Through the lens of photographic 'still-life' genre, Janson's works cover food, the food industry and scenarios from a remembered past.
The still life genre in photography was borrowed from a category originally ascribed to painting and in his work Janson literally paints with light. Through staging elaborate scenes and light settings Janson experiments with different lighting techniques. Whether it be candle light for Caravaggesque compositions, tungsten lighting with Fresnel lenses for 1950s & 60's dioramas, mimicked Kodak and Ilford film hues for tones and lighting or using ultra violet light to make a Depression (radium) glass fruit bowl glow green in the dark, Janson creates these scenarios on a stage in front of the camera.
A British migrant, Janson remembers the scarcity of post-war England where oranges were wrapped in blue tissue to enhance their exotic colour and appeal amongst the drab local market produce. Arriving in a new sunny country full of abundance the apprehensive lens of immigration was overcome with wonder at the luxury of daily produce accepted as normal.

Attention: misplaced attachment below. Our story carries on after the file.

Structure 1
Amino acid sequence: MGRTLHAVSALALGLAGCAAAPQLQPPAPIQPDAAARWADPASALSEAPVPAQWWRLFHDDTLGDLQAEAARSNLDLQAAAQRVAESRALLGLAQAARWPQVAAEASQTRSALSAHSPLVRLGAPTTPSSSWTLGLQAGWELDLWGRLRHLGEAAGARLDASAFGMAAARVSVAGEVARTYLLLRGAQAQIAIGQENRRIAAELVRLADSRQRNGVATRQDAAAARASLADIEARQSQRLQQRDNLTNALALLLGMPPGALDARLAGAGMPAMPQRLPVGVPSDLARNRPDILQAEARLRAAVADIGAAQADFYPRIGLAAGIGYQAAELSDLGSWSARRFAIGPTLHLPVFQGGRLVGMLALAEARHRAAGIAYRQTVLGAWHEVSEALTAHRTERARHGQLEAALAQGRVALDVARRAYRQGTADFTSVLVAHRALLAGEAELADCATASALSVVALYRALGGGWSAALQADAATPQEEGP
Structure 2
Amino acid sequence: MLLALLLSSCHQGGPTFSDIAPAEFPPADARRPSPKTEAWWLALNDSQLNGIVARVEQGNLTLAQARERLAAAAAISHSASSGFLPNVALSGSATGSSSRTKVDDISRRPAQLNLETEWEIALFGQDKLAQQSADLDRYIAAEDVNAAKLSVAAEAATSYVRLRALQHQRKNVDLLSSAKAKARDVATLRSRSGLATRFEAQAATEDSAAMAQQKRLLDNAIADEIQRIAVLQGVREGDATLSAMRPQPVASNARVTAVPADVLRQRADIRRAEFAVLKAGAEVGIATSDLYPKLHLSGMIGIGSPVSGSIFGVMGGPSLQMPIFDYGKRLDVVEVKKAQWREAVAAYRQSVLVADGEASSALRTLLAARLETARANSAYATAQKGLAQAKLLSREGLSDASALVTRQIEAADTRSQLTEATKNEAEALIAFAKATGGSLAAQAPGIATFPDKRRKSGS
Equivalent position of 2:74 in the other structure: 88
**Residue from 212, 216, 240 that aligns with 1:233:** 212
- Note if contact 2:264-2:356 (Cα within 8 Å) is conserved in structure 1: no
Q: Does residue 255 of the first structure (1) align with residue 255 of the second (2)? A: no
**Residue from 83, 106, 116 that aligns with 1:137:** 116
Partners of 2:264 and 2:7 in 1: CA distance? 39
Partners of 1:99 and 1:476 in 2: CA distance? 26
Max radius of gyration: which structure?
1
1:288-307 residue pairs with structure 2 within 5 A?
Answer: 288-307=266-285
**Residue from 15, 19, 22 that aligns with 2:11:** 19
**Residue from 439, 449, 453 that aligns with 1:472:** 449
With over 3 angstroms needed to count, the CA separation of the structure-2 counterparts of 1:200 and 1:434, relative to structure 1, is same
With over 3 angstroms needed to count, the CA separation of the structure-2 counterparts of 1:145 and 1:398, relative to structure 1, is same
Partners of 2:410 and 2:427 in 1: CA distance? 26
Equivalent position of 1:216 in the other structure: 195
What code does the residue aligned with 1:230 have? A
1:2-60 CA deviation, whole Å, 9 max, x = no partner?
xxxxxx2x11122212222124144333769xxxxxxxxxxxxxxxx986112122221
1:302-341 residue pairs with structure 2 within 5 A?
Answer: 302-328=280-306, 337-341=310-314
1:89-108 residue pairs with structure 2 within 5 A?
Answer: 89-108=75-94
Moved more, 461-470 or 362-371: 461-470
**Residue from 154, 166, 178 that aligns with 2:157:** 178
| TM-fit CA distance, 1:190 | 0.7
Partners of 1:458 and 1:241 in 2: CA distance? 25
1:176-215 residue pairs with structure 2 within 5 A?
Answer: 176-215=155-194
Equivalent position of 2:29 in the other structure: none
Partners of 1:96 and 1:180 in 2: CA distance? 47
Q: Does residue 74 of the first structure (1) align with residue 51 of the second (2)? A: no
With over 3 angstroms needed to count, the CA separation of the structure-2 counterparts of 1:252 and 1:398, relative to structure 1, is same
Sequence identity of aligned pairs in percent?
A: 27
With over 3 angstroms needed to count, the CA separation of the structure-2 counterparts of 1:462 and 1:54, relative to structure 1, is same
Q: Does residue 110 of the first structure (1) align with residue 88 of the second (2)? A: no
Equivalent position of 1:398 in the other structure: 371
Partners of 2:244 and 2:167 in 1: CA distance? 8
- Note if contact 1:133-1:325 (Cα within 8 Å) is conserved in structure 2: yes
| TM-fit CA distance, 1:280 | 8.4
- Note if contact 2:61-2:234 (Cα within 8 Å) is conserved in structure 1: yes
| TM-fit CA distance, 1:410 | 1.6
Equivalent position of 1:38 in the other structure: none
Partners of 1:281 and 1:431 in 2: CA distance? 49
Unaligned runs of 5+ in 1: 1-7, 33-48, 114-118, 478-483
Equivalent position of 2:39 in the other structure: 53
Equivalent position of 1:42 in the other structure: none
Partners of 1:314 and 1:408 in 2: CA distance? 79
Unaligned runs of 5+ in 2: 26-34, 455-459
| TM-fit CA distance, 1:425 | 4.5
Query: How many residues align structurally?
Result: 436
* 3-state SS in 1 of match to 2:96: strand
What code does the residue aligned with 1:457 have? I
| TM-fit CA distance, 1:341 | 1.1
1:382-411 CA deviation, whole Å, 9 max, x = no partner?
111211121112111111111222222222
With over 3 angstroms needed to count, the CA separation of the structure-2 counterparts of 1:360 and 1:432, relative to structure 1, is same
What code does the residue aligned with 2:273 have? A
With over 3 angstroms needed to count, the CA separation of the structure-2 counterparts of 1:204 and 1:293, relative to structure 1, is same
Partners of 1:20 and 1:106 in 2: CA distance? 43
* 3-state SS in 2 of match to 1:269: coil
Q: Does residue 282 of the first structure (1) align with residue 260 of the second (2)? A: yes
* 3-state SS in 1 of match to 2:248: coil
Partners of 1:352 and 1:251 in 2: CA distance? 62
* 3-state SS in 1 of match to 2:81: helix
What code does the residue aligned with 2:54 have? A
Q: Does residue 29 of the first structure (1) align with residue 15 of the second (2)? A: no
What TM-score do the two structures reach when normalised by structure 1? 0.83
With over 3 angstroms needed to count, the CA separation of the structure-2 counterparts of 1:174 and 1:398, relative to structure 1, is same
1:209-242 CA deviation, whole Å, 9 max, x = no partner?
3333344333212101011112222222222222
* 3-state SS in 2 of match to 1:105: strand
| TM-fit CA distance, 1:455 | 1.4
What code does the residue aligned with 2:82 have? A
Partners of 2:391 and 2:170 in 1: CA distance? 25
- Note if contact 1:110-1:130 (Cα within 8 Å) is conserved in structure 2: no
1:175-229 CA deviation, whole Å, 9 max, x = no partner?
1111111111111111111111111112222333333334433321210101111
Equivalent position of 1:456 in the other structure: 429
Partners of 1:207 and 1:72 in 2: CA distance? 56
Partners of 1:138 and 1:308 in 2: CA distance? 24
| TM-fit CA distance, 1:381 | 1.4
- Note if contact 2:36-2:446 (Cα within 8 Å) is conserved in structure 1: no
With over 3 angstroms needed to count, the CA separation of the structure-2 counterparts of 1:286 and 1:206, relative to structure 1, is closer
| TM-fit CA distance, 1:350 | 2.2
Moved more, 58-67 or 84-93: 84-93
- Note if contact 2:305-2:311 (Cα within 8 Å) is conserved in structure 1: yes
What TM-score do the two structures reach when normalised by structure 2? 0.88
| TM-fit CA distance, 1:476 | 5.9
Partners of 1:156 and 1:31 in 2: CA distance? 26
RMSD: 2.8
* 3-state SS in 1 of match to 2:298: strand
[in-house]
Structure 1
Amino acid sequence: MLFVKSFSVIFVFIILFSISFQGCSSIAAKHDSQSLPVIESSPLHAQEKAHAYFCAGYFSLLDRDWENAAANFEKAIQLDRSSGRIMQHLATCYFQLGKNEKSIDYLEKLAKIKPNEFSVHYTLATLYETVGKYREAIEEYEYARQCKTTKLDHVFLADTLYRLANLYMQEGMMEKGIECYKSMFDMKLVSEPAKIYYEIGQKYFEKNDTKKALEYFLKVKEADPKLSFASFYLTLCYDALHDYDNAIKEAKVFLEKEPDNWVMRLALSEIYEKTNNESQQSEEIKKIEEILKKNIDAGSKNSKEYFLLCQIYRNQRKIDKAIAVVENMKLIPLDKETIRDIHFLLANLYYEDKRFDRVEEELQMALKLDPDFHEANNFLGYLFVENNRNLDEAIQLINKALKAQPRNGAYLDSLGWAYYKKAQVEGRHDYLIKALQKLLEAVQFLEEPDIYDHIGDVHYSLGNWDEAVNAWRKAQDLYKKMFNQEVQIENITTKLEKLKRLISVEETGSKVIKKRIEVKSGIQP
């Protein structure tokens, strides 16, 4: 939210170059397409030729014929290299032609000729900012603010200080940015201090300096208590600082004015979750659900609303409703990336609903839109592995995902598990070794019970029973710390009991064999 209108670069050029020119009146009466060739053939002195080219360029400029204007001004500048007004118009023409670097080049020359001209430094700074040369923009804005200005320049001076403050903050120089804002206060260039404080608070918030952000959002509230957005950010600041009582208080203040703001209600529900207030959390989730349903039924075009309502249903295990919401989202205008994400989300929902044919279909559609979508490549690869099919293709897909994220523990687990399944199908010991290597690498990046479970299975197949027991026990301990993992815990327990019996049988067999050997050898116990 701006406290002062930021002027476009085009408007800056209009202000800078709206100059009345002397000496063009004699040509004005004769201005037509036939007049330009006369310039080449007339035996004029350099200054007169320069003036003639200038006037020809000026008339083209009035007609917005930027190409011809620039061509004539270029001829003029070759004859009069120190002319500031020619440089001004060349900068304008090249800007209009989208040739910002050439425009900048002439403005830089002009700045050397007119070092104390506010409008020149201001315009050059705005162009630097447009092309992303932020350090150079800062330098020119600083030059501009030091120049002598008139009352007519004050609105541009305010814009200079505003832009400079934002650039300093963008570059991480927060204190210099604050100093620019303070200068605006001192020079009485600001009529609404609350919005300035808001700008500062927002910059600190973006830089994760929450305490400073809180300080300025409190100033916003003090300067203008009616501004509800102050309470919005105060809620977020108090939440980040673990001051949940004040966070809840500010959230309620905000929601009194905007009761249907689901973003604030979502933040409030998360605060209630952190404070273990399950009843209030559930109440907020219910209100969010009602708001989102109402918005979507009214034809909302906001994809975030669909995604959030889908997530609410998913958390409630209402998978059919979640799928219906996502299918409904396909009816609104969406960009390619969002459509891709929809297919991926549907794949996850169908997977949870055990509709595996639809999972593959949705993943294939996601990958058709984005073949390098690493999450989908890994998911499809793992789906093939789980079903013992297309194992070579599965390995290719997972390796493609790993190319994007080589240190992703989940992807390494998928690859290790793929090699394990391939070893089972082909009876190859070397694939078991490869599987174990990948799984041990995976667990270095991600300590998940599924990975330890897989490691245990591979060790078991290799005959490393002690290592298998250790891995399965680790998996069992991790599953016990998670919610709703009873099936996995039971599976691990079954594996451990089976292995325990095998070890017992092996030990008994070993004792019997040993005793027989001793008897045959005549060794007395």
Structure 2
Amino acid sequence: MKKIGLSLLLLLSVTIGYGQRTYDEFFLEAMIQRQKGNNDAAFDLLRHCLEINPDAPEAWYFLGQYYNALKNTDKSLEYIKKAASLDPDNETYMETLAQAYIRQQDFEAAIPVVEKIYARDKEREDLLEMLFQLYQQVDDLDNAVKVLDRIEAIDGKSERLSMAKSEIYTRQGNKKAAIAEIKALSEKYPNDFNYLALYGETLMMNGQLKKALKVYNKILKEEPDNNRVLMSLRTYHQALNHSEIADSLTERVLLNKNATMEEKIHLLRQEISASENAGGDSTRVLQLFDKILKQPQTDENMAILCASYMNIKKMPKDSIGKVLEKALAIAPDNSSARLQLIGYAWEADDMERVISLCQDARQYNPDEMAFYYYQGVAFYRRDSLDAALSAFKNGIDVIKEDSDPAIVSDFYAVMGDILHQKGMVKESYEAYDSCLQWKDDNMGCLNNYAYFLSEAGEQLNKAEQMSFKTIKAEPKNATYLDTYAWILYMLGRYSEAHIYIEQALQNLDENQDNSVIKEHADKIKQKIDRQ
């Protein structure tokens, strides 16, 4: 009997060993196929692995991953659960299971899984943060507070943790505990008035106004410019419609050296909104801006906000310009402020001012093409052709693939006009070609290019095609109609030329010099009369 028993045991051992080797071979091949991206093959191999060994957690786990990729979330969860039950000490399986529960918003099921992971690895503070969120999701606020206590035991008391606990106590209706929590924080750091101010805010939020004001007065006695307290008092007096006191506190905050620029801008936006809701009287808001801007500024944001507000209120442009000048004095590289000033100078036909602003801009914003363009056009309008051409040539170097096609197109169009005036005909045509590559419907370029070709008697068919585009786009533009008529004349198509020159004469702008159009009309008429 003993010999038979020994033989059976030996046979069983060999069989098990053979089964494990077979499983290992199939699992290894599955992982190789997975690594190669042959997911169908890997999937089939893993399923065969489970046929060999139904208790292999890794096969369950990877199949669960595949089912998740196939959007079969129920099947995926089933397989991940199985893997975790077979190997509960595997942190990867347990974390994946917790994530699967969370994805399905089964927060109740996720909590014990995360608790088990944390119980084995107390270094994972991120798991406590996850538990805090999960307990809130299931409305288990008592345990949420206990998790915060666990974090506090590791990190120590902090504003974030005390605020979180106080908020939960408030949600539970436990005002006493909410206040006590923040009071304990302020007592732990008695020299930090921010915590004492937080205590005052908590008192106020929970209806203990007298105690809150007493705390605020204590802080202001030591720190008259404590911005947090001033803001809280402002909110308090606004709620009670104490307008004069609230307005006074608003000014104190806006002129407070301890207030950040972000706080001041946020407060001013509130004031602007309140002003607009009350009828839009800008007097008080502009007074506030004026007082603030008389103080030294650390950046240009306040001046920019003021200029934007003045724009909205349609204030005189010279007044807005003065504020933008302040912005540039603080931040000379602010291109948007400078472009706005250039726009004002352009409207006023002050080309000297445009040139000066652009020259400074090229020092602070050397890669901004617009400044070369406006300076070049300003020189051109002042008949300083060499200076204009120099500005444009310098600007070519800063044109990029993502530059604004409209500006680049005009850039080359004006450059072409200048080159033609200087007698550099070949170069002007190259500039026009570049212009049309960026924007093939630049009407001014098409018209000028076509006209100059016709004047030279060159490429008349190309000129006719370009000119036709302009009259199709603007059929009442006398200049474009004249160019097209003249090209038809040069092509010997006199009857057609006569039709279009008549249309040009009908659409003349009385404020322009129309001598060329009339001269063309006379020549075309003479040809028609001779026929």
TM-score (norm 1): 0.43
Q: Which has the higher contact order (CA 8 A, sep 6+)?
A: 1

Janson aims to create visuals symbolic of this remembered wonder and amazement, now commonplace. Compositions of rich and varied food stuffs and floral arrangements alluding to both bounty and decay are displayed with periodical fine ornaments and centre-pieces reminiscent of times past.
Although the photographic practice is now digital in capture, its view is remains still through the lenses and glass of film cameras and principles.
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